In 1970 she took part in the pageant IF I FORGET THEE, about Jerusalem, alongside HABIMA’s legendary actress, Hannah Rovinna, Gideon Shemer and Hayim Yavin, which was put together and directed by her husband Shraga Friedman, who passed away prior to the pageant’s opening night.

In the early 1980’s, Shoshana founded and managed YANSHOOF Theater, of which the first play was Stephen Poliakove’s STRAWBERRY FIELDS. One of its young actors was Yoram Levinshtein, who now heads his own drama school, bearing his name.

In 1986, Shoshana was asked to play Mrs. Higgins, in an independent production of “My Fair Lady”. It was the very musical her late husband Shraga co-translated into Hebrew together with Dan Almagor, a few years earlier.

Shoshana passed away on March 6, 2012, leaving behind her two sons, Danny and Amos, her daughter, Yael and 7 grandchildren.

As part of the City of Tel-Aviv’s ongoing program of commemorating the city’s creative citizens, a memorial plaque with her name was installed on the house she lived in, at 75 Einstein Street, in Ramat Aviv, next to the plaque of her husband Shraga, who preceded her in death.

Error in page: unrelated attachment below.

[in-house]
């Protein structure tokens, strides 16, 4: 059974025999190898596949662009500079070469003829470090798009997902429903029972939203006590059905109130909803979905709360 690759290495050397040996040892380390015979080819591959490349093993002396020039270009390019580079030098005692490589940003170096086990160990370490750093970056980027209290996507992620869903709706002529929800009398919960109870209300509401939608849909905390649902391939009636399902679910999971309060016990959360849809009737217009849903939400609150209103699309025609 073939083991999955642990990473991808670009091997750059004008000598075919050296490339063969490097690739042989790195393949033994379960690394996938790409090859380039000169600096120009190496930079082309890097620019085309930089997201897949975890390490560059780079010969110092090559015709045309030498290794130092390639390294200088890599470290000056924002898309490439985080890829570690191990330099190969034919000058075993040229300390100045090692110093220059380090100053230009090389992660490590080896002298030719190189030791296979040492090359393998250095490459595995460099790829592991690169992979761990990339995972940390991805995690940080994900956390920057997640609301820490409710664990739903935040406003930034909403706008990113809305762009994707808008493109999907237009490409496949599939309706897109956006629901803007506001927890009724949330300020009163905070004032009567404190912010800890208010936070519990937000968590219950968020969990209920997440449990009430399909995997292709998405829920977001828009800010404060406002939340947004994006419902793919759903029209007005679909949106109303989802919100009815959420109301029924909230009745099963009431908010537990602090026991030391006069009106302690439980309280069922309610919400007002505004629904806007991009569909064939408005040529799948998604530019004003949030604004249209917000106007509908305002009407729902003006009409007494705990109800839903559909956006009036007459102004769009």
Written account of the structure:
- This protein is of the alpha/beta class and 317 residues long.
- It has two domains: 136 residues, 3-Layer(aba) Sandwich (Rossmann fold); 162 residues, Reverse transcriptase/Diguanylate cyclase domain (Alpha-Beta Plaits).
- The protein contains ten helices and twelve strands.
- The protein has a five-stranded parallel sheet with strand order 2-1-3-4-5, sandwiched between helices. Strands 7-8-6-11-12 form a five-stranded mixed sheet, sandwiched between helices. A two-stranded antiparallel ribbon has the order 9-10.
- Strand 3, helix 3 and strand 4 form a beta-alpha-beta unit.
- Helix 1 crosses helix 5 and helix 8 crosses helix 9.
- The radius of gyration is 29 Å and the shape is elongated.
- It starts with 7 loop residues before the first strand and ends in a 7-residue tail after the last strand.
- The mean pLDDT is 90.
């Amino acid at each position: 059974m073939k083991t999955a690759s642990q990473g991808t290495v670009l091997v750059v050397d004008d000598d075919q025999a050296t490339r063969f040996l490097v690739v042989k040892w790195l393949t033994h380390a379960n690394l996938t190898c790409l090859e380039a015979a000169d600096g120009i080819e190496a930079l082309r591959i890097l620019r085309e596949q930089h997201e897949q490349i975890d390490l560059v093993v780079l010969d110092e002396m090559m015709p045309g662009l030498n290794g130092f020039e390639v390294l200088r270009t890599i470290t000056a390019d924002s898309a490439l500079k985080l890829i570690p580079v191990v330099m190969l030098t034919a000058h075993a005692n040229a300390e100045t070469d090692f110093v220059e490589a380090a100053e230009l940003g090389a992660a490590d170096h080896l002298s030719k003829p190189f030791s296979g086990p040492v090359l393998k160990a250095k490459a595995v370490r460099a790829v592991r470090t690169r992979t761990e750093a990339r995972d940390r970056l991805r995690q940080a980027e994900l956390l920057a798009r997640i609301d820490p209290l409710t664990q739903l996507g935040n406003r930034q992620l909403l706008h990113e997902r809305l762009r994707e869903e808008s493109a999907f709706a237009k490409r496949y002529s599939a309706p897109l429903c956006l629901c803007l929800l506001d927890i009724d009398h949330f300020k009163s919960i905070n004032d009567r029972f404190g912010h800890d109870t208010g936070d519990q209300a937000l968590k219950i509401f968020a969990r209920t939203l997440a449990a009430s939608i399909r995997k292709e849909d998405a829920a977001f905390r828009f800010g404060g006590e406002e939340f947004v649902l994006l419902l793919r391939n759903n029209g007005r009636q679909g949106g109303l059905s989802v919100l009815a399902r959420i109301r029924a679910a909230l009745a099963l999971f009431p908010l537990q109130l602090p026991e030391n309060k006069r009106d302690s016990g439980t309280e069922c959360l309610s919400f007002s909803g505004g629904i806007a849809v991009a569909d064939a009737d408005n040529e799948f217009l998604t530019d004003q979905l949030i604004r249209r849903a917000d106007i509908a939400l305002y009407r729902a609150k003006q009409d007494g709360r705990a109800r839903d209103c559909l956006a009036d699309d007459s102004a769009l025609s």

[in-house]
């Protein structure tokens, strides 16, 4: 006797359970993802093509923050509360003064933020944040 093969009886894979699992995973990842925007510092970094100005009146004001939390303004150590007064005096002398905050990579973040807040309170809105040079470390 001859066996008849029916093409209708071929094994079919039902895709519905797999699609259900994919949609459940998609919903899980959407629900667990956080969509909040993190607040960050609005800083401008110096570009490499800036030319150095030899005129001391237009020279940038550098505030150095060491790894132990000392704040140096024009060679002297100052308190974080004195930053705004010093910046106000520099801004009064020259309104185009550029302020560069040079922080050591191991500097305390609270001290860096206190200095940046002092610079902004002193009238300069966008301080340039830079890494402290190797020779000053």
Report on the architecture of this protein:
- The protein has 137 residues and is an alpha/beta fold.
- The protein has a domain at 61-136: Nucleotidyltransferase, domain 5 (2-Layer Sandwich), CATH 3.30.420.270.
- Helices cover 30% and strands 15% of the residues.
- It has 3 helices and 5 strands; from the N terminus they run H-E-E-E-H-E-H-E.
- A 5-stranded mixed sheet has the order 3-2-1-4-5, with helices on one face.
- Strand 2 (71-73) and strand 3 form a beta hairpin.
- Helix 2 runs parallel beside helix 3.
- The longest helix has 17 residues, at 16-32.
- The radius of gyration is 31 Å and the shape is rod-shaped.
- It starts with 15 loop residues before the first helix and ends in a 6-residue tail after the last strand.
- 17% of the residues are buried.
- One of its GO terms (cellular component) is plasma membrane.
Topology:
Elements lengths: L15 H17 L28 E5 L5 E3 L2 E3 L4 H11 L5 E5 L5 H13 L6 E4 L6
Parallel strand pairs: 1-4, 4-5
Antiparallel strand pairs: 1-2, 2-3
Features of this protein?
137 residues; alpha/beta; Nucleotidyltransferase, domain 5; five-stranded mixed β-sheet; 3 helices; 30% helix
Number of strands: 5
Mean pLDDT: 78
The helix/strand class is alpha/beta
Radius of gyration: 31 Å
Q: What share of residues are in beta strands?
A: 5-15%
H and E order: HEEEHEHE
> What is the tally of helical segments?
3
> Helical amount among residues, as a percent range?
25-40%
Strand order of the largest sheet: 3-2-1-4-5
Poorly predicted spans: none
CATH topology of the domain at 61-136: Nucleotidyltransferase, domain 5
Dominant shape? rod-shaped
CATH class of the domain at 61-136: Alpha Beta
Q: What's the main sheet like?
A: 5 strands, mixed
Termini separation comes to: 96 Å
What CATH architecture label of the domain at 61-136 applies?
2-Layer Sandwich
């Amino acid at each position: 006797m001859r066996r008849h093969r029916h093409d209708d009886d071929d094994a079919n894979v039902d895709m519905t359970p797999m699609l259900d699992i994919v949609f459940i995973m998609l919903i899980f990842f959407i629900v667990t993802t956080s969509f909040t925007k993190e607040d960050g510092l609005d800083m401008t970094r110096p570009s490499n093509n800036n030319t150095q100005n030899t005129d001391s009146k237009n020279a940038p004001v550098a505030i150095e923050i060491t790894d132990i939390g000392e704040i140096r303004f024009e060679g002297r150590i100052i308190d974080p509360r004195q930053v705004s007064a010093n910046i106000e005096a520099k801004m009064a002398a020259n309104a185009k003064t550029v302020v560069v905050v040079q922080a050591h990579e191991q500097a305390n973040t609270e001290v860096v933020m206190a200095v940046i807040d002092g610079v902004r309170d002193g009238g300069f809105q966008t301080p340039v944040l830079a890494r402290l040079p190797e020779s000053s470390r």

Well-versed in the German language of the town she was brought up in, Shoshana used to often quote from Heinrich Heine’s poetry – most notably the poem about The Lorelei…Perhaps because the golden-haired, clear-voiced Shoshana saw herself reflected in that image…

The fairest of maidens is sitting
So marvelous up there,
Her golden jewels are shining,
She's combing her golden hair.

She combs with a comb also golden,
And sings a song as well
Whose melody binds a wondrous
And overpowering spell
.

(Mirra Painter, Los Angeles)

 

 

אתר זה מתבסס על תמונות, מכתבים, סרטים, מחזות וחוזים, חלקם אוצרות של ממש, שמצאנו בדירתה של אמא לאחר לכתה.   כמו כן נעזרנו בחומר הנמצא בארכיון 'הבימה' ובדברים שנאמרו בספר 'מסך אחרון לשרגא פרידמן' שיצא שלוש שנים לאחר מותו של אבינו.  תודה מיוחדת לרמי סמו מנהל ארכיון 'הבימה' על העזרה, על הידע הבלתי נדלה ובעיקר על החברות.  דני, עמוס ויעל